• The Fuel Security Review argues that the global oil industry will always solve problems of supply disruptions and return to business as usual. This is an untested assumption because there will be fierce competition as Asia has entered the era of peak oil.

So what should Australia have done to prepare for this change? It should have REDUCED its oil use by

  1. developing alternative transport fuels and building up associated infrastructure
  2. introducing bio-fuels for sole use in agricultural production and for transport of food to the cities
  3. electrifying rail: intercity, freight and urban rail including expanding and modernising manufacturing capacities for rolling stock and other rail equipment
  4. NOT planning and building additional oil dependent infrastructure like freeways, road tunnels and airports

 …click on the above link to read the rest of the article…

Australian Fuel Security Review ignores peak oil in China 2015 (part 1)

Australian Fuel Security Review ignores peak oil in China 2015 (part 1)

Just a week before a Federal election was called the Australian Minister for Energy, Markus Taylor, released an interim report on fuel security on 4th April 2019 for public consultation (hereinafter called “Review”). The announcement of the report release was done without great fanfare, possibly with the intention not to enter a heated election debate.
http://www.environment.gov.au/minister/taylor/media-releases/mr20190404.html

This report was initiated by the previous Prime Minister Malcolm Turnbull in May 2018
https://www.abc.net.au/news/2018-05-07/australia-has-limited-emergency-fuel-stocks-left/9734164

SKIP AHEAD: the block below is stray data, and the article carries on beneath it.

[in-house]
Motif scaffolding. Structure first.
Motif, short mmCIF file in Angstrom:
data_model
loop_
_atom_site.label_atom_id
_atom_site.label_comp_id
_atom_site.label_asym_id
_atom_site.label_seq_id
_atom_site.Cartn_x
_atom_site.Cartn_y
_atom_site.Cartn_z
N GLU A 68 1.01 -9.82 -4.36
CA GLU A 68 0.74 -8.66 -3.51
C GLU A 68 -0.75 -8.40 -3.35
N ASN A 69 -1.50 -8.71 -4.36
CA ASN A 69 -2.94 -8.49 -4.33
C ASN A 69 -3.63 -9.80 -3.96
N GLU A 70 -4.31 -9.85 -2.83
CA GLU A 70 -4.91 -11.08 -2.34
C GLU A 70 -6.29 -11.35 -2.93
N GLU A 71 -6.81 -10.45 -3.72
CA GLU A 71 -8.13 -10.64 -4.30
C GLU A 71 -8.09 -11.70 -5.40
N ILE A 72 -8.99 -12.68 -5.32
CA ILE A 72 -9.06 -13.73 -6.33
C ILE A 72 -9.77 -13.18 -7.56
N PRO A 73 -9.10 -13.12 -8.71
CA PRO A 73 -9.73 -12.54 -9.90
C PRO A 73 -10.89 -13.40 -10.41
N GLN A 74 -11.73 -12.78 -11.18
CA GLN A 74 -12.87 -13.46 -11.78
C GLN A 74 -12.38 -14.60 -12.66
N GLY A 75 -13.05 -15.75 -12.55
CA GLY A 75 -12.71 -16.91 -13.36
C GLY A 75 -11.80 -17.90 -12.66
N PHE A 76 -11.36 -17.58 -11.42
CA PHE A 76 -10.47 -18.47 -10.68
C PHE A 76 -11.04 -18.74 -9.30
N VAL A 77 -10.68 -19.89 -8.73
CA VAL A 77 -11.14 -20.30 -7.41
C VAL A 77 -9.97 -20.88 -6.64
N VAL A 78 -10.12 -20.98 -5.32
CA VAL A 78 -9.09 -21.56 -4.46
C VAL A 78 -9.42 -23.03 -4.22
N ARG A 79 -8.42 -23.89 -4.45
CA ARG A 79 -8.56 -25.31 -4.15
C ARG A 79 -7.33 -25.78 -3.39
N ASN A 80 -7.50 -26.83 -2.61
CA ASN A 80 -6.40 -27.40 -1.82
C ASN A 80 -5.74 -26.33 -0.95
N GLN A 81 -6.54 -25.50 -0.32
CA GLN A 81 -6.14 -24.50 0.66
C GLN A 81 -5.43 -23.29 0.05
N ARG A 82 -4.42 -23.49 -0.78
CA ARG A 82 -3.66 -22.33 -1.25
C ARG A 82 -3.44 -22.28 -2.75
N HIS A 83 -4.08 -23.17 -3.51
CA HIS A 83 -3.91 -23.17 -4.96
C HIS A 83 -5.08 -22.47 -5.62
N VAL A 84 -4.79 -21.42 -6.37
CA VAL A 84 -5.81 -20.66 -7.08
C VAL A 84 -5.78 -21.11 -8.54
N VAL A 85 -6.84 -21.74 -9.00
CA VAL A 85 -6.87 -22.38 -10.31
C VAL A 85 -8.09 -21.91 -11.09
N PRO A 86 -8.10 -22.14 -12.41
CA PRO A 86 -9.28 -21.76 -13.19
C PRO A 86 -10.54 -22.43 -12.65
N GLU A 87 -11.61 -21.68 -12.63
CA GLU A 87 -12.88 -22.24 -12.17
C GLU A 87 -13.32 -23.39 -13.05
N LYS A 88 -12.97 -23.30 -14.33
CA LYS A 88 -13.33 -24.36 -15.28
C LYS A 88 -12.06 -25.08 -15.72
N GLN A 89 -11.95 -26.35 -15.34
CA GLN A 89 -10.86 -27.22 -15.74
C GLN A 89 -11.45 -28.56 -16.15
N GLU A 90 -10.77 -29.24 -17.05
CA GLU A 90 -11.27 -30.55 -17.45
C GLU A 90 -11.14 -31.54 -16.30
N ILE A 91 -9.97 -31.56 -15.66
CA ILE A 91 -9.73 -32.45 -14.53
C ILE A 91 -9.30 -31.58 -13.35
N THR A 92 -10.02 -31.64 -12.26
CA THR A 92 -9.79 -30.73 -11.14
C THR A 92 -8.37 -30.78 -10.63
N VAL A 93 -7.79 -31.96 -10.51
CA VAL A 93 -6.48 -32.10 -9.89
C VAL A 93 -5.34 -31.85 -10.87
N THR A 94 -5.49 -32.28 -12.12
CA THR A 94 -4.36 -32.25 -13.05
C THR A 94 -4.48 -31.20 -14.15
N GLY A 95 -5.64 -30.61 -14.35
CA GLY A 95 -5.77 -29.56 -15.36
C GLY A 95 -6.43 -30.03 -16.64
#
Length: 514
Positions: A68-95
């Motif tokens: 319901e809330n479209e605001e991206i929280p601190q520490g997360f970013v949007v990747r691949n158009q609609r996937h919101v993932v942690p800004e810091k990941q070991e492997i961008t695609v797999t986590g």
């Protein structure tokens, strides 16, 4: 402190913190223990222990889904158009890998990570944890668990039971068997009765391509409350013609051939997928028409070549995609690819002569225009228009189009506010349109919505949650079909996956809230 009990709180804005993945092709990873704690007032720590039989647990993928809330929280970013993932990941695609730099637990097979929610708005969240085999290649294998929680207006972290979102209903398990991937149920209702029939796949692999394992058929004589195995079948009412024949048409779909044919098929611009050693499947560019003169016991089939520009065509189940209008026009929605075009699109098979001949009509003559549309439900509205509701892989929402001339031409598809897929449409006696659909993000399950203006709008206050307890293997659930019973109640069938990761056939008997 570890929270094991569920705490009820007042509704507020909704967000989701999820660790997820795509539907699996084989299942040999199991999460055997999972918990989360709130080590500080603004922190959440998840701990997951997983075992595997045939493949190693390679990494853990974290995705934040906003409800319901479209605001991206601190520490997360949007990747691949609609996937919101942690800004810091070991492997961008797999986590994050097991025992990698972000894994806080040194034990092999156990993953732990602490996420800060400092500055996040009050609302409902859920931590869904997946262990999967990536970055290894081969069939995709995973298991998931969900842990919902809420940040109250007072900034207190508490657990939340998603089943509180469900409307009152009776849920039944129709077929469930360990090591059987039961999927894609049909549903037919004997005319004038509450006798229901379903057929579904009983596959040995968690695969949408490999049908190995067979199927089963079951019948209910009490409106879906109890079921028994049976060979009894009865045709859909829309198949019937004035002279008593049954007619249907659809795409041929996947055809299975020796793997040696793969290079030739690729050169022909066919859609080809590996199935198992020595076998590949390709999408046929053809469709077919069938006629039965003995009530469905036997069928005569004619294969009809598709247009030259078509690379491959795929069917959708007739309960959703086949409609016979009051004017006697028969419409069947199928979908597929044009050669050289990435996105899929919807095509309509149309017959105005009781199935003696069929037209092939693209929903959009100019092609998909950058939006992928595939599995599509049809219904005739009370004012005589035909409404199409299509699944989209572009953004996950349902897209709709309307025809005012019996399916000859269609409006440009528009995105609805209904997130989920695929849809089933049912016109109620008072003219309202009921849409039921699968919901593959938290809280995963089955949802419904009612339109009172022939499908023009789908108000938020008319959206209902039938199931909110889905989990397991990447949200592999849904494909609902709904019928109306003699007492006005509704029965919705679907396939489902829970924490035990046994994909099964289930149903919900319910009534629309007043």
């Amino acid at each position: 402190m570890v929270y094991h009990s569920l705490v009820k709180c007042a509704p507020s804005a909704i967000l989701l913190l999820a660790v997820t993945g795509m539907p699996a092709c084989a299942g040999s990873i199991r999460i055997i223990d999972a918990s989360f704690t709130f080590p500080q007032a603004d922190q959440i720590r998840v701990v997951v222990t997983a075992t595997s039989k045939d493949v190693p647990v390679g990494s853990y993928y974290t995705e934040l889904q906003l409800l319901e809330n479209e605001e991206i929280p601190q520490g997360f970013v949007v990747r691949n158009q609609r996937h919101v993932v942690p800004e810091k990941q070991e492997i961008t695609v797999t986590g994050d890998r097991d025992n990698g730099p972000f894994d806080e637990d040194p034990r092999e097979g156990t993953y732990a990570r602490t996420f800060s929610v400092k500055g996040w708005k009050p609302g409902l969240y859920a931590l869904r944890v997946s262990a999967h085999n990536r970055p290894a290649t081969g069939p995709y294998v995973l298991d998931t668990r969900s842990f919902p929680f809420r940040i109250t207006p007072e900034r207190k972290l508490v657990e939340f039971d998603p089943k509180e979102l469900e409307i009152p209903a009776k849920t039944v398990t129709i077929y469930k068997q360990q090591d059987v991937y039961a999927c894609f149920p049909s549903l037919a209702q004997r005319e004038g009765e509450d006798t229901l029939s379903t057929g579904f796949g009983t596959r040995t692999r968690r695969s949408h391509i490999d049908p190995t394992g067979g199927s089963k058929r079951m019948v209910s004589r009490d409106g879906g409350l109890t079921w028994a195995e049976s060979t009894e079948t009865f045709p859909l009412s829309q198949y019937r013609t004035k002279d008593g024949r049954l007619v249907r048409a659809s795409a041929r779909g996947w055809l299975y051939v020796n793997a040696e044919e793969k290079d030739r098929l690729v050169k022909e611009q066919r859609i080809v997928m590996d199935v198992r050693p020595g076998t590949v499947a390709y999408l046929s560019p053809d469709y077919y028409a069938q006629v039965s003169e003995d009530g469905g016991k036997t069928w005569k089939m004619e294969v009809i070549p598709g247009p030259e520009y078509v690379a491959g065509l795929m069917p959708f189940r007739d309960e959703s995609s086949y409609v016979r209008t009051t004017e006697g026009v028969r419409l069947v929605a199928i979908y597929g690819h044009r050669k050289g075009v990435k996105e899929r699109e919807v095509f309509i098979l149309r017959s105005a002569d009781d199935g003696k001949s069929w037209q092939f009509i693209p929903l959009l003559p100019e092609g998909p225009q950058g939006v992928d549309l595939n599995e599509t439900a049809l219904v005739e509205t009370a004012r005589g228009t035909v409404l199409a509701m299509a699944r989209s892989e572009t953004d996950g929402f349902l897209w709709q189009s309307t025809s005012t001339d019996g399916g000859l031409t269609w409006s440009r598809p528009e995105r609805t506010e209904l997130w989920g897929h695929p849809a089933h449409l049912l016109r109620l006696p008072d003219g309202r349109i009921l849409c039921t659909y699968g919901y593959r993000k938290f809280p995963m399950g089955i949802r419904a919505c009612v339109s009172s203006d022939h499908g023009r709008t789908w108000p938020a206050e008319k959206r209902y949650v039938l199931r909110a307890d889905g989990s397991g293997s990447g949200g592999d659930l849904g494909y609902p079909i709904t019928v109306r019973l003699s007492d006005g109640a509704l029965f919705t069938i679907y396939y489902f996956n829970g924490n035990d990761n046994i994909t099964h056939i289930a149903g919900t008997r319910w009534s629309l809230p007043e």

The last report (National Energy Security Assessment 2011) was done by the previous government (Resource Minister Martin Ferguson) in December 2011
https://www.energy.gov.au/sites/default/files/national-energy-security-assessment-2011_0.pdf

What has changed since then?

In the 1st part of this article we look at Australian graphs. The Review doesn’t show these details.

Australian oil production has further declined, 3 refineries have closed, oil and fuel stocks have dropped by 45% and fuel imports from Asia have surged. China’s oil production peaked in 2015, oil imports doubled and the South China Sea has been militarized  to secure oil supply routes. Oil prices went through a roller coaster from $110 in 2011 to $30 in Jan 2016 and back up to $70 now. It seems surging US shale oil production can’t keep prices constant at reasonable levels. The media hype about the US being a swing producer isn’t justified.

Australia_oil_production_vs_consumption_1965-2017
Fig 1: Australia in peak oil mode since 2000

Of course, the government doesn’t like the word “peak oil”. To be fair, the Review mentions that Australia’s oil production is in decline while consumption has increased (p 26). The following graph shows monthly production:

Australia_crude_condensate_LPG_production_2010-Jan2019
Fig 2: Crude oil, condensate and LPG production

The uptick in condensate production is a result of increasing offshore gas production. Note that condensate and LPG have lower energy content per barrel.

 …click on the above link to read the rest of the article…

Smart Money Is Piling Into Oil

Smart Money Is Piling Into Oil

oil field dusk

Oil prices jumped to five-month highs this week, pushed higher by a bullish cocktail of supply outages, geopolitical unrest and a sputtering shale sector.

The most recent factor is the sudden eruption of the long simmering feud in Libya between rival factions. The attack on Tripoli by the Libyan National Army (LNA), a militia led by Khalifa Haftar, led to a spike in oil prices on Monday as the market priced in the possibility of supply outages.

One oil export terminal near Tripoli is the most obvious asset at risk. “If this port were to be shut down due to the fighting, this could see a delivery outage of up to 300,000 barrels per day,” Commerzbank said in a note on Tuesday. “The oil market is already undersupplied, so if supply from Libya also falls away the supply deficit will become even bigger.” Brent jumped to $71 and WTI to $64 on the news, the highest level in five months.